MERCED — Merced County's contract with Riggs Ambulance Service is set to expire Aug. 31 the 10-year anniversary of its commencement but that's not the only change looming ahead.
The county will also lose its exclusive operating agreement, which ensures Riggs is the only provider of ambulance service in Merced County.
Without an extension to the current agreement, any qualified ambulance provider can run a service in Merced County after August, according to Tom McGinnis of the state Emergency Medical Services Authority.
"If the zone is not exclusive, any other provider that meets the county's requirements is allowed to take part in the market's calls," McGinnis said. "It means that any qualified provider should have a right to enter the marketplace."
Out of 338 ambulance zones in California, 201 are operated under an "exclusive" status, McGinnis said. About 76 of those are exclusive through a competitive bidding process, which is the case with Merced County.
After approving the county's annual EMS plan update on March 21, the state EMS Authority noted, "If a new competitive process has not been completed by that date (Aug. 31), the EMS Authority will recognize the County of Merced as a non-exclusive zone."
If multiple ambulance companies came to Merced, the county would have to authorize each one and provide oversight on its procedures, McGinnis said.
The emergency medical calls could be distributed using a rotation schedule or geographic zones to ensure each provider gets its share of calls, he added.
Since exclusivity agreements are set up by the county's local emergency medical services agency, extension requests must come from the county.
An extension has not yet been requested by Merced County, according to Public Health Director Kathleen Grassi.
"One of the things on our 'to do' list is to get with staff at the state EMS Authority to determine what our options are," Grassi said.
County officials began meeting with the consultant group last month, Fitch & Associates, who will write the documents outlining the bidding process called a request for proposal.
Waiting on a timeline
Grassi said the county will request an extension from the state agency, as soon as they have a better idea of when the bidding documents will be ready.
"Since we just got the contract approved (with Fitch & Associates), I wanted to wait until we had more firm timelines," Grassi added. "We didn't want to call the state until we knew when we expect to have a request-for-proposal draft date."
An April 18 letter obtained by Sun-Star under a public records request shows Riggs Ambulance Service's desire to extend the exclusivity agreement.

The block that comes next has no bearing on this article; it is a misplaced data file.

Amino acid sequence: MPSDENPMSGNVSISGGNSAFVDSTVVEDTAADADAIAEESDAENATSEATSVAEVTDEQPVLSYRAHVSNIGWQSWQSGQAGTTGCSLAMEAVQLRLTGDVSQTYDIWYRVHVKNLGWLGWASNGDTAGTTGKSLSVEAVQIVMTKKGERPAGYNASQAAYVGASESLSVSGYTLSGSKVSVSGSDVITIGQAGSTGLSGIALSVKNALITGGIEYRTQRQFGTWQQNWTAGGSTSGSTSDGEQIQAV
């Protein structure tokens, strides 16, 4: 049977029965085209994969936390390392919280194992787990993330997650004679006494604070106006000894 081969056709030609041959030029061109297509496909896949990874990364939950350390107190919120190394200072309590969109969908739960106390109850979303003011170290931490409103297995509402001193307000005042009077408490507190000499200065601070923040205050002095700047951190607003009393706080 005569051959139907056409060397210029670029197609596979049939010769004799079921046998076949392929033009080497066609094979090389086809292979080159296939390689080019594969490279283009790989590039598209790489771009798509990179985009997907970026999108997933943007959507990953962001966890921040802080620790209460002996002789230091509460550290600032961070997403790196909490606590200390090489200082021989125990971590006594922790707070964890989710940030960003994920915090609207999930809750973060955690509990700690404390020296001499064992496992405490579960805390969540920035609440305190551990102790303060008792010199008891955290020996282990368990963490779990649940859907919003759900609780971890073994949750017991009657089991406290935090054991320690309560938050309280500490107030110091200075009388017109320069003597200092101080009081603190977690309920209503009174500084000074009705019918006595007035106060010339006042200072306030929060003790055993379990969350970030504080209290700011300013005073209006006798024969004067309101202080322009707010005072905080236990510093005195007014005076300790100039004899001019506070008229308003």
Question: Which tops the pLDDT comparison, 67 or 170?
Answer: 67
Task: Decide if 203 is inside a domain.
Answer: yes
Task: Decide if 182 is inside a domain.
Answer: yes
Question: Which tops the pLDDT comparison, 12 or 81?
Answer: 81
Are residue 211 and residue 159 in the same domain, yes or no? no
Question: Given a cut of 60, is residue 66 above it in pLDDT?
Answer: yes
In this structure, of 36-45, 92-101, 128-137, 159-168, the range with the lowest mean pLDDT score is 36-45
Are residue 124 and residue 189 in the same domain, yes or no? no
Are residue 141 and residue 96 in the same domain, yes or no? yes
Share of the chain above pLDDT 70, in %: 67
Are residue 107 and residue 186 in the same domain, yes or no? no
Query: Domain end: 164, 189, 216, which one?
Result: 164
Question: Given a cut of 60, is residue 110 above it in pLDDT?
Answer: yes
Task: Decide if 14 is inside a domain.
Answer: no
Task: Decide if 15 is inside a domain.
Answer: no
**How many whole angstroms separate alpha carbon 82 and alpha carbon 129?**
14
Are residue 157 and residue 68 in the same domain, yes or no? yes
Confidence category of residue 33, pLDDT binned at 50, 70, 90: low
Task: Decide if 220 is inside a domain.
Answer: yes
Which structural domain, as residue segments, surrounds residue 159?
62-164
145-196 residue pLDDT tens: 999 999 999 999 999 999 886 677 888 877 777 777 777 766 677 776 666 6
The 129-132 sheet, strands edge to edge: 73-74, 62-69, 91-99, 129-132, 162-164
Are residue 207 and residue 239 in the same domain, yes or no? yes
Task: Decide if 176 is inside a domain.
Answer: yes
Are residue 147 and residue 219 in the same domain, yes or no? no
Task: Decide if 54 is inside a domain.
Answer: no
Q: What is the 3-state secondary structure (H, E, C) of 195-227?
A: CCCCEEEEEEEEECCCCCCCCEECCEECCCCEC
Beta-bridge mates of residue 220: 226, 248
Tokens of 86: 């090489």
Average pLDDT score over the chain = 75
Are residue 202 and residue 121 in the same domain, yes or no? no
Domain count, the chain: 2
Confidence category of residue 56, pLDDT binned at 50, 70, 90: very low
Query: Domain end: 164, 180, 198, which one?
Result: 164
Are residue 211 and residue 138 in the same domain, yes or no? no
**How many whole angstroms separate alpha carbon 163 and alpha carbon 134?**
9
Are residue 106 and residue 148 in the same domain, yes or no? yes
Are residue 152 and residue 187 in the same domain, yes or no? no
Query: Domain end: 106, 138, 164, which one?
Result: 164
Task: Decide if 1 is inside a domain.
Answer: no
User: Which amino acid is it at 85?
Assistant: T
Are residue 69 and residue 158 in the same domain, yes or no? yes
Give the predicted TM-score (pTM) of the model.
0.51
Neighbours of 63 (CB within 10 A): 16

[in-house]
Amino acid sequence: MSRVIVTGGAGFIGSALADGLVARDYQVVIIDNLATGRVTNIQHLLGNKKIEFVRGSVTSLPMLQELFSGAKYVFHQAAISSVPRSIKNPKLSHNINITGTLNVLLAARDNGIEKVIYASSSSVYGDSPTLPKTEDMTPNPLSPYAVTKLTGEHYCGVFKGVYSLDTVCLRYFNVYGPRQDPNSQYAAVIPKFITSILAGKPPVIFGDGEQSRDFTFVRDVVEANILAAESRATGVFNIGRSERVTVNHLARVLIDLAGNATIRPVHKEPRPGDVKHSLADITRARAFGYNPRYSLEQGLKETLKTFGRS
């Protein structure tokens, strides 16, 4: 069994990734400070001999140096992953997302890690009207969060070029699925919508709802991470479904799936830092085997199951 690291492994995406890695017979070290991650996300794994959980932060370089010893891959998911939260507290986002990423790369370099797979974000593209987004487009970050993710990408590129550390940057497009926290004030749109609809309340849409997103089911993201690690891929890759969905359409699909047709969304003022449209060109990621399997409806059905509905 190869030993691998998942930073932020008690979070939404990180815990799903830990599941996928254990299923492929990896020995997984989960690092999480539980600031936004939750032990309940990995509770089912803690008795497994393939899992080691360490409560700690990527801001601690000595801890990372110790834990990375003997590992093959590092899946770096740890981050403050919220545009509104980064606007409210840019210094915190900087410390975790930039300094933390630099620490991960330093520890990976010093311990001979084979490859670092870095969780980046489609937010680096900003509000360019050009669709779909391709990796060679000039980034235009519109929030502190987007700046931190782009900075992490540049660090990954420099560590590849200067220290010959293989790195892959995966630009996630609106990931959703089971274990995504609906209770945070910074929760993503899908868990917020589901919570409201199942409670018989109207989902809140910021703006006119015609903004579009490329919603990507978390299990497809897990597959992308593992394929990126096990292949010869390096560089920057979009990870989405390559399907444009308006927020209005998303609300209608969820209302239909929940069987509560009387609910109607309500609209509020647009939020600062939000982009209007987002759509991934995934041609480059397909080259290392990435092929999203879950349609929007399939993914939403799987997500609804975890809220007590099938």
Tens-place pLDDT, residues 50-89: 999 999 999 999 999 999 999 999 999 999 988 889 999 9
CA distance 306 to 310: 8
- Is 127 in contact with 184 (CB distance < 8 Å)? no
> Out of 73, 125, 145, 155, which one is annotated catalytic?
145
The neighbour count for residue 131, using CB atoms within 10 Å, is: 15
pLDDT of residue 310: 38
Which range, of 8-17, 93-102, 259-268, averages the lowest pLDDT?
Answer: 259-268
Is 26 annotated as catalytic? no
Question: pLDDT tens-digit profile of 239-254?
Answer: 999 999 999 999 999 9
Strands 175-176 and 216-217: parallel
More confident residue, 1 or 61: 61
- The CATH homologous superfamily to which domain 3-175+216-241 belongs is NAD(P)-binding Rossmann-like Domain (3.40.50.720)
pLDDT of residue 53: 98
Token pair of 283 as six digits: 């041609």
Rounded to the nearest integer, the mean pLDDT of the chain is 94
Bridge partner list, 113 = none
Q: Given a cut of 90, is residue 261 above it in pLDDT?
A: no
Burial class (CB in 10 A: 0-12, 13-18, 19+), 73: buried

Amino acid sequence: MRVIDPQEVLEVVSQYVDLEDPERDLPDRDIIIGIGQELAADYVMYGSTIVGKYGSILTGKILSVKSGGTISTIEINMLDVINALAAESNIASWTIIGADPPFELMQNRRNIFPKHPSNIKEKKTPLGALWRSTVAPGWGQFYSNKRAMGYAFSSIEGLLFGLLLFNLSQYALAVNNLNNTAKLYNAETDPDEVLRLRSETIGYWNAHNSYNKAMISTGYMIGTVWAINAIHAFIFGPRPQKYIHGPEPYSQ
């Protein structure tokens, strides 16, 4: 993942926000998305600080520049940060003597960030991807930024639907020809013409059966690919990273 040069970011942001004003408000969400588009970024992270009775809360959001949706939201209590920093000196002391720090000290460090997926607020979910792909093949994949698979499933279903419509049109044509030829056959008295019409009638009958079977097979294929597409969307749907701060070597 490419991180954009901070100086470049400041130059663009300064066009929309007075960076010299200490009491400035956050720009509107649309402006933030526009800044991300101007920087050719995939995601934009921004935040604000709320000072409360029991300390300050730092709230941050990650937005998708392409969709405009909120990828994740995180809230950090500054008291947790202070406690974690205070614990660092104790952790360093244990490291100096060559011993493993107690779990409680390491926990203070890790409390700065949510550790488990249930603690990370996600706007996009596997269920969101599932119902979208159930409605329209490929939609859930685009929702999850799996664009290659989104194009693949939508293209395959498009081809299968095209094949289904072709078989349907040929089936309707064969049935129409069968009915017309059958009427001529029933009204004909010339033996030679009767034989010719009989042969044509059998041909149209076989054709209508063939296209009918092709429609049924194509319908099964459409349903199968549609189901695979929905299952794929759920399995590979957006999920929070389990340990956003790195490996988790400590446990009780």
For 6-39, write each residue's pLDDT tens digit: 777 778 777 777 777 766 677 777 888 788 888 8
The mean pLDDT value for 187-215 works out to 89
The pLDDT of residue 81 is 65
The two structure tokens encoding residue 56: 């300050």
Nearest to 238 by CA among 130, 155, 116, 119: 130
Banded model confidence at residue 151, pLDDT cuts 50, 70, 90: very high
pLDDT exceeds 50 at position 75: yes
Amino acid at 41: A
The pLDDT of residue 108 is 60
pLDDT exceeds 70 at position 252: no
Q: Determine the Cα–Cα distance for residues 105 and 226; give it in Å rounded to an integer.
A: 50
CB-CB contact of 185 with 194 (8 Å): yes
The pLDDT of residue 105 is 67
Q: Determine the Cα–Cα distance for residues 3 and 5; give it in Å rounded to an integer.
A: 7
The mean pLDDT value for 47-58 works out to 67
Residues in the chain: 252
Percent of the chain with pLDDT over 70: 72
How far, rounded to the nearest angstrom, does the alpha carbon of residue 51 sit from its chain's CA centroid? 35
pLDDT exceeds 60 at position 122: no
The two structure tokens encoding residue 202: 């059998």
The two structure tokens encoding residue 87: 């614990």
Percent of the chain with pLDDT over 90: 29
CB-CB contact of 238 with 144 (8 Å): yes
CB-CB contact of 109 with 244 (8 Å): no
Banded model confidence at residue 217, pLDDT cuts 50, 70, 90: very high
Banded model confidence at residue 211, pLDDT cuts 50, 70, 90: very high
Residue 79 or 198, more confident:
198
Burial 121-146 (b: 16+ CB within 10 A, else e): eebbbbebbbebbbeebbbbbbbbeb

Kraig Riggs, president of Riggs Ambulance Service, wrote to the state EMS Authority: "During this delicate bid period, it is critical for the EMS system to maintain service delivery stability without interruptions or service delivery changes, in order to protect sound patient care and system performance.
"Any interruption to service or changes in the system could negatively affect "these critical services," Riggs writes.
Riggs Ambulance Service General Manager Steve Melander declined an interview with the Sun-Star, but submitted the following written statement:
"An exclusive operating agreement is a critical component of our EMS system to ensure seamless quality medical care and transportation for the citizens and visitors of Merced County.
"We have the utmost faith in county leadership that the issue will be resolved and the EOA will remain in place throughout the (request for proposal) process."
Klark Staffan, vice president and chief operating officer of Sierra Medical Services Alliance, Riggs' nonprofit partner, declined comment.
County officials said they agree with extending the exclusive operating agreement until the bidding process is completed and a new contract is awarded.
"We'd like to be able to maintain that status as we go through the process," Grassi said. "I think just for stability and for continuing our services to the public."
Once the extension request is received by the state EMS Authority, there's no guarantee it will be approved.
"If we were presented with a request for an extension, we would review it based on its merit at the time," McGinnis said. "It's a case-by-case basis."
American Medical Response initially won the ambulance contract last year, but the decision was overturned by the county supervisors on Jan. 29.
Jason Sorrick, AMR spokesman, said the company is willing to help if an exclusive agreement isn't extended, but won't set up ongoing operations.
"AMR is certainly available to assist the county if Riggs decides to no longer serve the community without a contract. We already run calls in the county since Riggs uses AMR on a regular basis to cover their area," Sorrick said.
"However, given the short time span that would exist between no contract and an RFP being awarded, AMR has no plans at this time to set up operations in Merced County," he said.
Reporter Ramona Giwargis can be reached at (209) 385-2477 or email@example.com.